24 Hour City Guide: The Hamptons

  24 Hour City Guide: The Hamptons!

Lately, the loudest buzz on the East End of Long Island has been from 
Yet the lavish seaside villages of the Hamptons have hardly slowed down. That’s especially true in East Hampton, arguably the center of the social swirl. A raft of luxurious boutiques and restaurants has opened. Beloved old hotels and barrooms have been renovated. And celebrities — most recently Madonna — are snapping up property in the area.
4 p.m.
Want to plunge into the Hamptons social scene? Then your first order of business is to grab the free glossy magazines — Social Life, Hampton Life, Hamptons, Hampton Sheet, Dan’s Papers — for that weekend’s fete, charity event or oceanfront screening of “Jaws.” You’ll find them near the door of many boutiques in East Hampton, 

but perhaps the most indulgent place is Scoop du Jour (35 Newtown Lane; 631-329-4883), the ice cream parlor where waffle cones are stacked with cavity-friendly flavors like cake batter and cotton candy. This is also where you can buy Dreesen’s doughnuts, a Hamptons staple since the 1950s. Need a gift for a party host (or yourself)? Shops have sprouted along Main Street, including Balenciaga (No. 54), Hugo Boss (No. 46) and Roberta Freymann (No. 21).
7 p.m.
It’s not just socialites who flee to the Hamptons in summer. Restaurateurs migrate here, too. Among the latest new establishments is the Italian standby Serafina (104 North Main Street; 631-267-3500; serafinarestaurant.com). Yellow umbrellas poke up like daffodils from its sidewalk patio and vine-covered pergola. Fresh pastas and seafood are on the menu, though the brick oven pizzas — in more than two dozen varieties, including pesto — are among the most popular picks. On a recent evening, couples canoodled at the bar, while well-manicured families streamed into the dining room. Dinner for two, about $100. If your taste leans toward fried seafood, homemade chowder and frosty drinks, however, then head to Bostwick’s Chowder House (277 Pantigo Road; 631-324-1111; bostwickschowderhouse.com), which moved this summer to new indoor-outdoor digs. Dinner for two, about $50.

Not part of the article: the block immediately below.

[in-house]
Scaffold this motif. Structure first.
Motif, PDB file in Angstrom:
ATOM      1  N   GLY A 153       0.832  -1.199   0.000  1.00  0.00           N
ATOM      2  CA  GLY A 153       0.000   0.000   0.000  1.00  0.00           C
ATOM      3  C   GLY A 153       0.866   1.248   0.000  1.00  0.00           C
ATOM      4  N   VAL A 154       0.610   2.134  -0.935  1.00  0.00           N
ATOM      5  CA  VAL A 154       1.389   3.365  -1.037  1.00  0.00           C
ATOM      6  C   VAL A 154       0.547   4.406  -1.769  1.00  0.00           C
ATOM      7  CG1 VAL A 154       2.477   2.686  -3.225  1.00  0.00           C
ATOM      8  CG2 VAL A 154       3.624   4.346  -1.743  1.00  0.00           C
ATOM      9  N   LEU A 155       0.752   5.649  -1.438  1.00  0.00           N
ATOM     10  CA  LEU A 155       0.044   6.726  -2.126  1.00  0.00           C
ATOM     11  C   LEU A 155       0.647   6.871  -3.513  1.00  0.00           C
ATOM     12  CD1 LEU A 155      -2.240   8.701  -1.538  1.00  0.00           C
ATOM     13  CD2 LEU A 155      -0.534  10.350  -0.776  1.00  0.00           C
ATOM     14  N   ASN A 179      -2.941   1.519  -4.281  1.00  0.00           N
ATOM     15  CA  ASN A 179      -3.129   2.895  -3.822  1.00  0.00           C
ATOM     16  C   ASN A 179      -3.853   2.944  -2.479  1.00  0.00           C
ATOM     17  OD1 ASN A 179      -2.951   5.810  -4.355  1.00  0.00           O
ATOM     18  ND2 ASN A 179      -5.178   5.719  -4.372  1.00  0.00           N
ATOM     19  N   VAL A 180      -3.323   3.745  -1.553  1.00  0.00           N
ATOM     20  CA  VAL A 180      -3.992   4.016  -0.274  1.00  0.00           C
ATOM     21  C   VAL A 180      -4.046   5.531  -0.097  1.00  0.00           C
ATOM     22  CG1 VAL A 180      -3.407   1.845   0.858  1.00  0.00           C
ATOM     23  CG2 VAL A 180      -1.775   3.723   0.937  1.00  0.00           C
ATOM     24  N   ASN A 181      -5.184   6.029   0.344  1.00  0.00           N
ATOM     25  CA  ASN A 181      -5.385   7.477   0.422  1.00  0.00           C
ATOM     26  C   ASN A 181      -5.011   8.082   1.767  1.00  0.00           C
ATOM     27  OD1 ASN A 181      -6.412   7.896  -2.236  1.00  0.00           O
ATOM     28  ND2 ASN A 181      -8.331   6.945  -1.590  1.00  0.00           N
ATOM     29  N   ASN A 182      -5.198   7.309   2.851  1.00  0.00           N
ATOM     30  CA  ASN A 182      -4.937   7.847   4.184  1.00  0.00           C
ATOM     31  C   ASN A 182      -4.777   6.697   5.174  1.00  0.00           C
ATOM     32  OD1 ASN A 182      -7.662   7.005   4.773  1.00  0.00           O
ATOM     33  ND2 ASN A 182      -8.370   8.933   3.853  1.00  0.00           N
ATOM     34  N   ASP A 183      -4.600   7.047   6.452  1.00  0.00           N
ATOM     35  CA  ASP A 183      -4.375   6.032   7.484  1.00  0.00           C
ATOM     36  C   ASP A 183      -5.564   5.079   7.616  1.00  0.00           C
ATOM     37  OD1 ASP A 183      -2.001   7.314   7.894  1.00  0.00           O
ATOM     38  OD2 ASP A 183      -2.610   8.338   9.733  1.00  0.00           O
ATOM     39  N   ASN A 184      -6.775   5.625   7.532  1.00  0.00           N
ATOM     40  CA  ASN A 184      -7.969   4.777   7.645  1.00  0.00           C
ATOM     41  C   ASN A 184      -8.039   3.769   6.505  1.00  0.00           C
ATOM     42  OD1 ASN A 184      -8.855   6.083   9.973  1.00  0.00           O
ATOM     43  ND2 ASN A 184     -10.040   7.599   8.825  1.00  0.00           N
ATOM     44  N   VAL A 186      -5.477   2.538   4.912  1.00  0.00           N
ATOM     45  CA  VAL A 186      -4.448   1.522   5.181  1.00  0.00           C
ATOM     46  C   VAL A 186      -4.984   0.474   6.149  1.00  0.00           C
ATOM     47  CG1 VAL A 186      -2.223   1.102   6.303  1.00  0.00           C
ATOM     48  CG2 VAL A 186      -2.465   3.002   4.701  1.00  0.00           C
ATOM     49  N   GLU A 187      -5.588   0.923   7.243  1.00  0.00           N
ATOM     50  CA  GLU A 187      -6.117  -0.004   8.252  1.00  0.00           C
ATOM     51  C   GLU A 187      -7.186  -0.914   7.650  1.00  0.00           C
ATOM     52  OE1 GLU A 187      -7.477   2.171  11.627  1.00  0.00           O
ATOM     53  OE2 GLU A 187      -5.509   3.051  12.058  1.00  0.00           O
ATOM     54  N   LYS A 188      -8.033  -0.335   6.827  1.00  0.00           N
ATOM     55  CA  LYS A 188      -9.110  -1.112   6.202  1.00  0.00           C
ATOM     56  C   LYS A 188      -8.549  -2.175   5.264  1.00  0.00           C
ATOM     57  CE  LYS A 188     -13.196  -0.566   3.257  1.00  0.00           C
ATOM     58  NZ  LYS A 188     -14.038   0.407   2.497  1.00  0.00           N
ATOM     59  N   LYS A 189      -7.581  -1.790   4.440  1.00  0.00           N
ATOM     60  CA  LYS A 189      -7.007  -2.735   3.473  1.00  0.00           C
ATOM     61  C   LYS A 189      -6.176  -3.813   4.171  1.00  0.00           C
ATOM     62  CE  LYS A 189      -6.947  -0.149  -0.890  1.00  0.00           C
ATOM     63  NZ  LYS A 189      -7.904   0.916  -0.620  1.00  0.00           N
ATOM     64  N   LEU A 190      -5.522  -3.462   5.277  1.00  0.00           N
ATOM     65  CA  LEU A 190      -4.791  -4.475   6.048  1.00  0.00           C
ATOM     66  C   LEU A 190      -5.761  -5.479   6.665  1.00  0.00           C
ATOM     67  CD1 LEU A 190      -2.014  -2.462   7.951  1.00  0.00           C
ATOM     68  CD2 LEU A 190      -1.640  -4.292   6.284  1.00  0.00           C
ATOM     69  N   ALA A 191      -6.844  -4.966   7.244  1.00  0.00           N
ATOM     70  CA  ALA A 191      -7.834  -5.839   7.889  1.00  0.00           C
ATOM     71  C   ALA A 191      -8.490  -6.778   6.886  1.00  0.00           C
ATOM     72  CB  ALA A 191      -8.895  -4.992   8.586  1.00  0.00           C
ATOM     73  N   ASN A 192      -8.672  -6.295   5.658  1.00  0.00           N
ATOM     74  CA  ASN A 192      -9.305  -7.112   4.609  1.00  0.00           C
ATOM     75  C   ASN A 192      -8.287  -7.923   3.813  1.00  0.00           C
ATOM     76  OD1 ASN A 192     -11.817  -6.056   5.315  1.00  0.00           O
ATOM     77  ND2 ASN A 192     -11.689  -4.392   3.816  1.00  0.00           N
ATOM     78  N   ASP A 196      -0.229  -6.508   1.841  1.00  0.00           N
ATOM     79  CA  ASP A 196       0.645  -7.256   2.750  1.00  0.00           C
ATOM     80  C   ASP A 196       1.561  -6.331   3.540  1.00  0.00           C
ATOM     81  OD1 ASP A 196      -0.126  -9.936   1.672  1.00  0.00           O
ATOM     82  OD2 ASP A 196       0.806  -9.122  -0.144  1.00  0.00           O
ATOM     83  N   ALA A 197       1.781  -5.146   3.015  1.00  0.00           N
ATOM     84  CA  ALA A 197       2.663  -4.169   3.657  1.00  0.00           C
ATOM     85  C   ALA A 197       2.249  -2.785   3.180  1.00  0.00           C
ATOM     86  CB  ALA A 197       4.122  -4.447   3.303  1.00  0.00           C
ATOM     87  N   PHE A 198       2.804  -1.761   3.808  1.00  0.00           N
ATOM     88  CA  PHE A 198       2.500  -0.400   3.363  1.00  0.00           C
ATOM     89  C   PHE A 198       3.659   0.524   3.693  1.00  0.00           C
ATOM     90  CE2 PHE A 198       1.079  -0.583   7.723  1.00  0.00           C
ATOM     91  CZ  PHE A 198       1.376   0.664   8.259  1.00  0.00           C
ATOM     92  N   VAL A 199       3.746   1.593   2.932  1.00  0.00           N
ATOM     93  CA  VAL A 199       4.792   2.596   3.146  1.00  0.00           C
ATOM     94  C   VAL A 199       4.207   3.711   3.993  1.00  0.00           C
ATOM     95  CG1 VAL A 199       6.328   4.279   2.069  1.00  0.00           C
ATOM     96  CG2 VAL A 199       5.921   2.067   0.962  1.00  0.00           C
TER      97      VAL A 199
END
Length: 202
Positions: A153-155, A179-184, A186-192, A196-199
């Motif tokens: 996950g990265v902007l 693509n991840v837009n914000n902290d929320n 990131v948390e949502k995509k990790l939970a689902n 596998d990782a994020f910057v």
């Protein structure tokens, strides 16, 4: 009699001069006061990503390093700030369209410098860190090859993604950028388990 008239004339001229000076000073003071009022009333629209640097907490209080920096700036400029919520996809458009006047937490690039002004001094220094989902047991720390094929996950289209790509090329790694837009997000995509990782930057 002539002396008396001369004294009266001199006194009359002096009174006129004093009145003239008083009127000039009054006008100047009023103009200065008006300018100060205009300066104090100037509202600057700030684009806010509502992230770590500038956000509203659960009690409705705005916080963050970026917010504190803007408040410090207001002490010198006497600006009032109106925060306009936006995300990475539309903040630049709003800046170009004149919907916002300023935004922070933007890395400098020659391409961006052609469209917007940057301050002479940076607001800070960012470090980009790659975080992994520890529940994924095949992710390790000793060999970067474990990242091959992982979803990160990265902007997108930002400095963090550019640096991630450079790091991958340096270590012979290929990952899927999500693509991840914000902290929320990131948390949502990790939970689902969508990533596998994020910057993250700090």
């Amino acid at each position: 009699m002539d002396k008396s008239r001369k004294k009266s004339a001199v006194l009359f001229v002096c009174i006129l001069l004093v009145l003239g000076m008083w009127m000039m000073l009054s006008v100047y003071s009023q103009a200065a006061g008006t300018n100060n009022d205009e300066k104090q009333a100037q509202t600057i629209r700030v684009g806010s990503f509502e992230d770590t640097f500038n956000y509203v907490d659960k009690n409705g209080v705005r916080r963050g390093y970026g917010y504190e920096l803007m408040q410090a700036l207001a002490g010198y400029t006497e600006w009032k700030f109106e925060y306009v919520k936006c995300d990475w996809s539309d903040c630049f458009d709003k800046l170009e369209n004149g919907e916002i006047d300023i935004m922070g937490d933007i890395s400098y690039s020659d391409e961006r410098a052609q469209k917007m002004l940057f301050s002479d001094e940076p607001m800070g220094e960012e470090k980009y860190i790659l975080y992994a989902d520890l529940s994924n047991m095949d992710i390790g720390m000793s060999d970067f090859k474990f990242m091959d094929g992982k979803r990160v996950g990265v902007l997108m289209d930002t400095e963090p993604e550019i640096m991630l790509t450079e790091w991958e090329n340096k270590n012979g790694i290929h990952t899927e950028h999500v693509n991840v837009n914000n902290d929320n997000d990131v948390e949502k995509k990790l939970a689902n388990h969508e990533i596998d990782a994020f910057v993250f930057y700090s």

9 p.m.
Watching boats glide along the horizon is perhaps the simplest and most peaceful of Hamptons pleasures. Happily, a favorite haunt, the Boathouse(39 Gann Road; 631-329-3663; easthamptonboathouse.com), has expanded and relocated to a secluded spot overlooking Three Mile Harbor, where Bostwick’s was previously located. The open-air decks of this gleaming restaurant are an idyllic perch from which to watch boats dock. But on weekends, as the night progresses, the Boathouse morphs into an indoor-outdoor lounge where the lithe and tanned sip and sway to beats from a D.J.
10 a.m.
Before men in golf shirts roamed the Hamptons, it was the purview of farmers. Thankfully, there are still some left. Pick up fresh eggs, local produce and home-baked muffins and scones for breakfast at Round Swamp Farm (184 Three Mile Harbor Road; 631-324-4438; roundswampfarm.com). Be sure to buy enough for lunch so you can skip the interminable snack bar line at the beach.
11 a.m.
Choosing a favorite Hamptons beach is not unlike choosing a favorite child. Still, two beaches were among the top 10 named this year by Stephen P. Leatherman, director of the Laboratory for Coastal Research at Florida International University. Coopers Beach (in Southampton) captured the No. 1 spot, beating out beaches in Florida and California. And Main Beach (in East Hampton) took fifth place. Both are wide and clean and — very important — sell food. Many beaches require seasonal parking permits, though visitors can park at Coopers Beach for $40 a day. Parking at Main Beach is $20 a day, but weekdays only; on weekends visitors must walk or ride bikes. (For details, go to the Long Island Convention & Visitors Bureau’s Web site, discoverlongisland.com.)
3:30 p.m.